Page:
Trail cameras and field observations are invaluable tools when it comes to scouting and inventorying your deer herd. Cassell places three trail cameras in strategic locations beginning in early July, and leaves them in place until March or April when the bucks have finished shedding their antlers. And since he lives on the property, Cassell is able to glass large fields and kudzu-lined ravines on almost a daily basis. These observations, combined with the trail-camera photographs, help him to identify most of the deer on his property and keep track of them throughout the year.

"We know the deer on the property so well that we have pet names for most every one of them," Cassell said. "We have very few surprises. Most every buck we harvest has been previously identified and targeted as one we want to remove from the herd, whether it's a cull or a mature buck that has reached its maximum antler potential."

Keeping such a close inventory of his deer herd also allows Cassell to be more efficient in his overall management program. For example, each season's doe harvest is dictated by evaluating trail-camera photographs and visual field observations. If the doe population begins growing too rapidly, he will know it before the season opens, and can make adjustments in his harvest goals.

Ultimately, Cassell's intense scouting technique has become both a harvest aid and a management tool.

The next strategic step involves providing adequate nutrition on a year-round basis. Cassell plants both summer and winter plots in specific sizes and strategic locations throughout the property. In addition, Cassell takes full advantage of the available native browse and manages his timberland with that purpose in mind.

With over 50 acres of kudzu and an abundance of ragweed, blue vervain and other natural browse available to provide high-quality deer forage, you would think that summer food plots might not be necessary on Waterloo Plantation. However, Cassell sweetens this summertime buffet by planting three sizeable food plots in American jointvetch. Not only do these 3- to 4-acre summer food plots provide an extra source of protein and phosphorous for antler growth, but they also make great places to hang a stand for an early season hunt.

American jointvetch will continue to grow up until the first killing frost, which usually occurs around the end of October in this particular area of the state.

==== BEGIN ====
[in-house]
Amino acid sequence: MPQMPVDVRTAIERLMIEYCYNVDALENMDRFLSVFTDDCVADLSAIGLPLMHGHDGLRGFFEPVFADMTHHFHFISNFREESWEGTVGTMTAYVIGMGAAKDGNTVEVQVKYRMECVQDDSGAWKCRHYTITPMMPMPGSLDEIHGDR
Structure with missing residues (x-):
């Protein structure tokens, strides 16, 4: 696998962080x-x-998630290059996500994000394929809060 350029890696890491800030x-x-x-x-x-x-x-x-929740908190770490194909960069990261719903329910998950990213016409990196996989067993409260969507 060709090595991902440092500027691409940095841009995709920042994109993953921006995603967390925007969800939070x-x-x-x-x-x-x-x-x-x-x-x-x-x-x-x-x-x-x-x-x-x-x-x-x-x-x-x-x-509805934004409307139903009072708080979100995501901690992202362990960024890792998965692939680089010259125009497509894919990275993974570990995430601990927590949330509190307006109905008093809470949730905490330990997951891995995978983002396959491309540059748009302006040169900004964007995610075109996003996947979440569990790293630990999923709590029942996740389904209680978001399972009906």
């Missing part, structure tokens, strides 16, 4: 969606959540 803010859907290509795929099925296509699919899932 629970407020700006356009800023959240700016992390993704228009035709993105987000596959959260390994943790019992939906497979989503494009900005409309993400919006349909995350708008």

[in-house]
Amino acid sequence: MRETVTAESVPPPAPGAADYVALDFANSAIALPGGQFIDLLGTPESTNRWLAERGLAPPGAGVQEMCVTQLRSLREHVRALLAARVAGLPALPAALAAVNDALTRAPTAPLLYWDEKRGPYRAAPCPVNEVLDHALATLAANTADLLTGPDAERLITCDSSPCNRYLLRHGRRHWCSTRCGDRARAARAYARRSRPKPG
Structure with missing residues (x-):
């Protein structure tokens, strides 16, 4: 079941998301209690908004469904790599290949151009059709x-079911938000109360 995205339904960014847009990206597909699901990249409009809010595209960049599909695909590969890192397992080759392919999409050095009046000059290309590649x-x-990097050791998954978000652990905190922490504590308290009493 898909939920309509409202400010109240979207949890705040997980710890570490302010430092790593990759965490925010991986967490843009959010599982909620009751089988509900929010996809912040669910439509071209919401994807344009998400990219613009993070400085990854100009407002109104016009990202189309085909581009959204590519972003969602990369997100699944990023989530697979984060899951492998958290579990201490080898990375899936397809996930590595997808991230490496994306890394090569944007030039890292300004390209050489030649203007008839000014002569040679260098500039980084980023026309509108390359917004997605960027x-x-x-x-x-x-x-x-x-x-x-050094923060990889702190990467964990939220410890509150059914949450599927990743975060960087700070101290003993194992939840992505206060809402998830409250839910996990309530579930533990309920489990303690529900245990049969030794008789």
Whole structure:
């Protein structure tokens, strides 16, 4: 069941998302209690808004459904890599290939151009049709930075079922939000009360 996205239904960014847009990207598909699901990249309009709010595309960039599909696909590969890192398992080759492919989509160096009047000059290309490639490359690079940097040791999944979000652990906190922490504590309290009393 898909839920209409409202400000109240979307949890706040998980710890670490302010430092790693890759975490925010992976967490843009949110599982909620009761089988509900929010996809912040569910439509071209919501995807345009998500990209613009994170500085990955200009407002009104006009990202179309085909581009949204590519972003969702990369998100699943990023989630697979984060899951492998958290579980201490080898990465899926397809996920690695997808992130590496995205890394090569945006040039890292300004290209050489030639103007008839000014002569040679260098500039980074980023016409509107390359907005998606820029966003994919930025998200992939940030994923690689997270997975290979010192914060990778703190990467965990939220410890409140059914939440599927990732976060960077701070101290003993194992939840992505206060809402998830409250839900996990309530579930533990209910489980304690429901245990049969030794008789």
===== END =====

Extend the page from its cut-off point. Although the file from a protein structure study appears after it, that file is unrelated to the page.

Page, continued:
When it comes to winter food plots, Cassell firmly believes he has latched onto the perfect combination. His winter food plots consist of a mixture of wheat, oats, ladino clover and turnips. As long as the crops are kept grazed down, the deer will feed on the cereal grains all winter long.

Adding a quarter pound of turnip seed per acre provides a little something extra to attract the deer in late fall. The clover really jumps in the late winter and early spring providing high-quality forage when the deer need it most. If the weather cooperates by staying cool and wet, the ladino clover can last well into early summer.

"My objective is to provide the deer herd with a year-round source of the highest quality browse possible," said Cassell. "Utilizing summer and winter food plots allows them to serve dual roles as both a harvesting aid and a supplemental food source."

And it doesn't hurt that Cassell plants an additional 70 acres of ryegrass for his cattle each fall. While most deer biologists recommend planting between one and three percent of the area in food plots, Cassell's total plantings push the nine-percent mark. In order to keep them at peak production, he also collects soil samples each year and fertilizes and limes accordingly.

"If I really want to draw deer into a particular food plot for an early season hunt, I plant iron clay cowpeas around the first of September," Cassell said. "However, you need to plant a large plot of at least five acres in size. Otherwise, the deer will eat this 'ice cream' crop into the ground."

The third step in his strategic plan revolves around stand placement. Not only is the location of an archery stand important for getting the hunter close enough to make the shot, but it is also important in managing hunting pressure. Cassell is a firm believer in providing sanctuary areas and limiting human activity in and around the woods and bedding areas.